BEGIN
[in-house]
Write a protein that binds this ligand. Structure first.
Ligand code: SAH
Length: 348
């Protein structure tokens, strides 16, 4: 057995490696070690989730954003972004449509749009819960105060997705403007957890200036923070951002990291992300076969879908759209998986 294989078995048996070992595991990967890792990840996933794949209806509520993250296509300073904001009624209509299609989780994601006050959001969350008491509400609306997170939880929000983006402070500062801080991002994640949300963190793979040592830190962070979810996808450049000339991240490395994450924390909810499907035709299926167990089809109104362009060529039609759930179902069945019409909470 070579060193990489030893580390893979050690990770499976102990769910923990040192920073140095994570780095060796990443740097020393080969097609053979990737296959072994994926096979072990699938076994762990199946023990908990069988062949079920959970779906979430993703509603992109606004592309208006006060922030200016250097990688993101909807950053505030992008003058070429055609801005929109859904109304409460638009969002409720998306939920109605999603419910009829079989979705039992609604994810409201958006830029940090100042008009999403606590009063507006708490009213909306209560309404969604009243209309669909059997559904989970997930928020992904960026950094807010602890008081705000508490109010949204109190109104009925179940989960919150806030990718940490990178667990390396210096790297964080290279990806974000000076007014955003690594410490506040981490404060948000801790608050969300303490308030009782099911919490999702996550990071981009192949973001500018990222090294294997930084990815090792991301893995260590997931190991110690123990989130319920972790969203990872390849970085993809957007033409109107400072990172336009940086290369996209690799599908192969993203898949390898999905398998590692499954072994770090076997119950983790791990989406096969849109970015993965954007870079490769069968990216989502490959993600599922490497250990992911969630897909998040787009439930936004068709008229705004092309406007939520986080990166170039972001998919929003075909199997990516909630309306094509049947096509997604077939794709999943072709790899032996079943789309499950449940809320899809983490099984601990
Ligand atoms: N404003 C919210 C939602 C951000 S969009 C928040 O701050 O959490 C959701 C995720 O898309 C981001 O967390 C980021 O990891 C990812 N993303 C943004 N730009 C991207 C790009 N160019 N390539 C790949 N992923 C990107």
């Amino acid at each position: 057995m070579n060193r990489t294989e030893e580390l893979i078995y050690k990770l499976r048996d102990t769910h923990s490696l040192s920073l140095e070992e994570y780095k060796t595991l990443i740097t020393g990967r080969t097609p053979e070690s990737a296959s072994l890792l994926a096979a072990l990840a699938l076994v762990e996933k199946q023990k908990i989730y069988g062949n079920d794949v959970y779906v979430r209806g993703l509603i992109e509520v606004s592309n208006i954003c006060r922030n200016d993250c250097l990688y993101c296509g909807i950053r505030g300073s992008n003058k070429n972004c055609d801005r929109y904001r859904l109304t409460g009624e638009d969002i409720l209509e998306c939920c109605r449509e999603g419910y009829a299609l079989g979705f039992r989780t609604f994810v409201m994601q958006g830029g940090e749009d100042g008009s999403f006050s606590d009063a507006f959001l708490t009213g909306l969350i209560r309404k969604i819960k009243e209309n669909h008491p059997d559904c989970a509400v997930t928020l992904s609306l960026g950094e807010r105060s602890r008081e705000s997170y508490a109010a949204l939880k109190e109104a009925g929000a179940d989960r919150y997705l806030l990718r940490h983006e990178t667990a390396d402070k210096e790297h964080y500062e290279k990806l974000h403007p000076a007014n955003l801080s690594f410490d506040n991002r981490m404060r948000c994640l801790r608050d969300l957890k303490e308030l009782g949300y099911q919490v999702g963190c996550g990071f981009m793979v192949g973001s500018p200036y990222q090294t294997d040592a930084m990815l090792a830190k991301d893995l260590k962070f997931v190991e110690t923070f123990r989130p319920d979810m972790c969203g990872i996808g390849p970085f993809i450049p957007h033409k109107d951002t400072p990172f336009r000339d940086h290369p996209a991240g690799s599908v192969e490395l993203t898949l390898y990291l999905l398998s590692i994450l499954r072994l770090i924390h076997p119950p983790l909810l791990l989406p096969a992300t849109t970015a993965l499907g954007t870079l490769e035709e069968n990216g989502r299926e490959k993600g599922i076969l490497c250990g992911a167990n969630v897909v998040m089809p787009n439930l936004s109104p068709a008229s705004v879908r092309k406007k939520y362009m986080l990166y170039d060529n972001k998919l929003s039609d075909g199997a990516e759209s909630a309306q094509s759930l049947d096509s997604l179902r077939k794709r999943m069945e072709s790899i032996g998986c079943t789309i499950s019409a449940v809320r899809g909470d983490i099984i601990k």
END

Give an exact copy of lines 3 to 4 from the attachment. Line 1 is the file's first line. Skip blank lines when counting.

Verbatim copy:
Ligand code: SAH
Length: 348